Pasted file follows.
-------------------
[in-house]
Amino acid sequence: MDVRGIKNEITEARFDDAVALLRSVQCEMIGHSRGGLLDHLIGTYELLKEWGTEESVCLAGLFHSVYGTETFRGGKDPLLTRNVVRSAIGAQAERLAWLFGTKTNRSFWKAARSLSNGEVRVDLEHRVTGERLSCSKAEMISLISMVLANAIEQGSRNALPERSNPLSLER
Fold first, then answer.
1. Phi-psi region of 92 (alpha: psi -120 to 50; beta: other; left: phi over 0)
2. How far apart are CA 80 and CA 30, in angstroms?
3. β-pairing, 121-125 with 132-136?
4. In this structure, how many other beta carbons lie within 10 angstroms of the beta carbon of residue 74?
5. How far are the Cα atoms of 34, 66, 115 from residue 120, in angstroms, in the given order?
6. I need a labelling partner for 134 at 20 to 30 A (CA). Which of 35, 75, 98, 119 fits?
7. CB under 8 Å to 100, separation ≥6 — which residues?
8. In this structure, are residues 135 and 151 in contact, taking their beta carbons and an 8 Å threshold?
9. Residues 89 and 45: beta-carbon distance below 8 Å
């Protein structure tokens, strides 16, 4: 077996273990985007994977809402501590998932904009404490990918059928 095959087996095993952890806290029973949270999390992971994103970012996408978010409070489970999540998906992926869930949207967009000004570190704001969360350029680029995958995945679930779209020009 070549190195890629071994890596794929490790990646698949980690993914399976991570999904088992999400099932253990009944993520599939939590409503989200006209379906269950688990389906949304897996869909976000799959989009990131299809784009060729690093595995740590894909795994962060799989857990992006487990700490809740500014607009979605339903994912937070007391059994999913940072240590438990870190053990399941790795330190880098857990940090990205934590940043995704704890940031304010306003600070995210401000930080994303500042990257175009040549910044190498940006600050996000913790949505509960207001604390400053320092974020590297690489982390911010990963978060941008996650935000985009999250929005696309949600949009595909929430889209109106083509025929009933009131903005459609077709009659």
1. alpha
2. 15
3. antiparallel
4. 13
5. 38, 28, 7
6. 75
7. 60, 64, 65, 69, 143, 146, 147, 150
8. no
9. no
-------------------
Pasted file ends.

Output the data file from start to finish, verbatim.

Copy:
[in-house]
Amino acid sequence: MDVRGIKNEITEARFDDAVALLRSVQCEMIGHSRGGLLDHLIGTYELLKEWGTEESVCLAGLFHSVYGTETFRGGKDPLLTRNVVRSAIGAQAERLAWLFGTKTNRSFWKAARSLSNGEVRVDLEHRVTGERLSCSKAEMISLISMVLANAIEQGSRNALPERSNPLSLER
Fold first, then answer.
1. Phi-psi region of 92 (alpha: psi -120 to 50; beta: other; left: phi over 0)
2. How far apart are CA 80 and CA 30, in angstroms?
3. β-pairing, 121-125 with 132-136?
4. In this structure, how many other beta carbons lie within 10 angstroms of the beta carbon of residue 74?
5. How far are the Cα atoms of 34, 66, 115 from residue 120, in angstroms, in the given order?
6. I need a labelling partner for 134 at 20 to 30 A (CA). Which of 35, 75, 98, 119 fits?
7. CB under 8 Å to 100, separation ≥6 — which residues?
8. In this structure, are residues 135 and 151 in contact, taking their beta carbons and an 8 Å threshold?
9. Residues 89 and 45: beta-carbon distance below 8 Å
């Protein structure tokens, strides 16, 4: 077996273990985007994977809402501590998932904009404490990918059928 095959087996095993952890806290029973949270999390992971994103970012996408978010409070489970999540998906992926869930949207967009000004570190704001969360350029680029995958995945679930779209020009 070549190195890629071994890596794929490790990646698949980690993914399976991570999904088992999400099932253990009944993520599939939590409503989200006209379906269950688990389906949304897996869909976000799959989009990131299809784009060729690093595995740590894909795994962060799989857990992006487990700490809740500014607009979605339903994912937070007391059994999913940072240590438990870190053990399941790795330190880098857990940090990205934590940043995704704890940031304010306003600070995210401000930080994303500042990257175009040549910044190498940006600050996000913790949505509960207001604390400053320092974020590297690489982390911010990963978060941008996650935000985009999250929005696309949600949009595909929430889209109106083509025929009933009131903005459609077709009659």
1. alpha
2. 15
3. antiparallel
4. 13
5. 38, 28, 7
6. 75
7. 60, 64, 65, 69, 143, 146, 147, 150
8. no
9. no